• Walk like an Egyptian . Despite the number of websites with real estate postings, keep in mind that nothing beats the old-school way of scouting a neighborhood physically. A lot of great properties for rent aren’t listed on those websites so you better get those walking shoes on and start hunting spree.

The red flags

Flying the nest can be exciting. However, this giddiness can make you susceptible to the pitfalls of renting. Remember what Wanda said in BoJack Horseman. “When you look at someone through rose-colored glasses, all the red flags just look like flags.”

Better make sure to watch out for these telltale signs that something might go wrong in the future.

  • Limited and blown-up photos
  • Too eager landlords
  • Lack of contracts and receipts
  • No screening of potential tenants
  • Dirty surroundings
  • Weird odor in the building
  • Limited to no tour of the property
  • Poorly maintained facilities
  • Terrible security measures

(Read: Here’s How Much And How Long You Should Save Up For Anything)

The lease

In renting parlance, the lease is a document that gives you the right to live in your new home, along with the rules and regulations of the place as well as the rent you have to pay. Unlike software agreements where you just click “I agree,” you must pay attention to the lease because if you and your potential landlord signs it, it is a binding contact, making it legally binding.

If you don’t want any trouble in the future, you must pay attention to the lease. Here are some things that you have to keep an eye on before you sign your contract and begin moving in:

  • Read your lease carefully . When you’re presented with it, you don’t have to sign it outright. Go over your lease several times to see if something fishy sticks out.
  • Read the fine print . The devil is in the details, and once you’ve signed your lease, you can’t change anything there. It is important that you read even the tiniest of the details to make sure that everything is amenable to you.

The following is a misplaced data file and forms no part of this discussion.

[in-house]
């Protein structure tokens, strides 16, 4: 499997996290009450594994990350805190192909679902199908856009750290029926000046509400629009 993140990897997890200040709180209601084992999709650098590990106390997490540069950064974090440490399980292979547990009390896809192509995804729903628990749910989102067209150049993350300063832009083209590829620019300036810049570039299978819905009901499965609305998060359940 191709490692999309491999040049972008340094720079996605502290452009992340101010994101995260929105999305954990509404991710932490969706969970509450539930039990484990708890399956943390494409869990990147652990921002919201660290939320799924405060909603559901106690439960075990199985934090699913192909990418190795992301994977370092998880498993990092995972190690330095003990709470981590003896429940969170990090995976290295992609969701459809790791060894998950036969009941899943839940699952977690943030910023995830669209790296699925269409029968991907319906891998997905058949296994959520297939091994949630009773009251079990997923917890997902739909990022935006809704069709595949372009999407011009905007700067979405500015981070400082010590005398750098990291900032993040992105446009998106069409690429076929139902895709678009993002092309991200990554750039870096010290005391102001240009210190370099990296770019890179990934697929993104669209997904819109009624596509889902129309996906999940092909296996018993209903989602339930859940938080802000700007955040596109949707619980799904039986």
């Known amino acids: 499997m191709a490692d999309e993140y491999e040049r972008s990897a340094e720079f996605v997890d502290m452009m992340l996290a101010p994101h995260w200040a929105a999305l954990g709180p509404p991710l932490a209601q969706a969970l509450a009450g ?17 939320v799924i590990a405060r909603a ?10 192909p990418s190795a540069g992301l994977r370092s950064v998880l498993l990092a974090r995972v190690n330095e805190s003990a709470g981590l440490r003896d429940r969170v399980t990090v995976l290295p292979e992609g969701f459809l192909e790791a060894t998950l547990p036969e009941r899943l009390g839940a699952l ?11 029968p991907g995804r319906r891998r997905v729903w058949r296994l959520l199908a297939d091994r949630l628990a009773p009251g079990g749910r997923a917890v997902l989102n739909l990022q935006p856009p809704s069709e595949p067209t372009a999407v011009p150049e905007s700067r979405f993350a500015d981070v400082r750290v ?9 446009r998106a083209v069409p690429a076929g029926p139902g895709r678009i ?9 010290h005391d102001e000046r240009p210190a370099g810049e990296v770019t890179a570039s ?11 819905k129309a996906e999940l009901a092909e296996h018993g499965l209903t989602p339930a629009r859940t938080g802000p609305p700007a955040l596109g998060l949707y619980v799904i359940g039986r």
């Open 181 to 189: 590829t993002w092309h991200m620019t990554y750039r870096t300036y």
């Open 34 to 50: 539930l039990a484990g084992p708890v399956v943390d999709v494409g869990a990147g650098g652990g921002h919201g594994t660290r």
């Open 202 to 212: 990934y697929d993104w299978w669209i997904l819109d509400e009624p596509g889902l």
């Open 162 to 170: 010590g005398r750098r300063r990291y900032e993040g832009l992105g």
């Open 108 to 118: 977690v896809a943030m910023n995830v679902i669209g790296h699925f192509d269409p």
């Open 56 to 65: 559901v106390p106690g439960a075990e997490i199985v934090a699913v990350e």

• Walk away when there are blank portions . If there are suspicious blank areas in the middle of the lease, don’t sign it. These are rooms for a shady landlord to squeeze in some skeevy details that will make your stay there nightmarish.
  • Consider the pet clause . Some landlords can be pretty lax with pet ownership while others prohibit having a dog when you’re going to stay them. Before you bring in a pet, make sure that the lease explicitly allows you to do so.
  • Talk to a lawyer friend . Usually, a lease is written in legalese, which is difficult to cut through when you don’t know how to read beyond the fluff. If you don’t have a lawyer in your speed dial, ask the lessor to explain things to you in layman’s term.
  • Check if the utilities are covered . Aside from the monthly rent, you also have to consider other costs such as electricity, water, garbage collection, homeowners, and other fees you have to pay. A good lease should cover which ones fall under your responsibility.

Other considerations

Living on your own is such a paradise, if not for the boring side of renting such as bills, lease, and other technical stuff. To make sure that you won’t worry about this side of being a tenant, you should already know these by heart so you don’t have to lose sleep over them anymore:

  • Know the landlord . A good landlord is both friendly to his tenants but strict in terms of the ground rules. You can get acquainted with your property manager by talking to him about stuff as well as asking neighbors about him. If you’re chummy with him, he’ll make sure that every concern you have is addressed with utmost urgency.
  • Learn more about your neighbors . Whether you’re living with other tenants in an apartment complex or roommates in a condo sharing arrangement, it’s important that you screen them. After all, they are also eager to know you. Although it’s optional, you can make friends there. What’s important is that you can create an atmosphere of respect between you and other tenants.
  • Get the neighborhood’s vibe . The only way for you to get the neighborhood’s atmosphere is by walking around. This way, you won’t only know the place and the amenities they offer but as well as the demographics of the area. If the community doesn’t please you, then you shouldn’t move there on the first place.

About the author

eCompareMo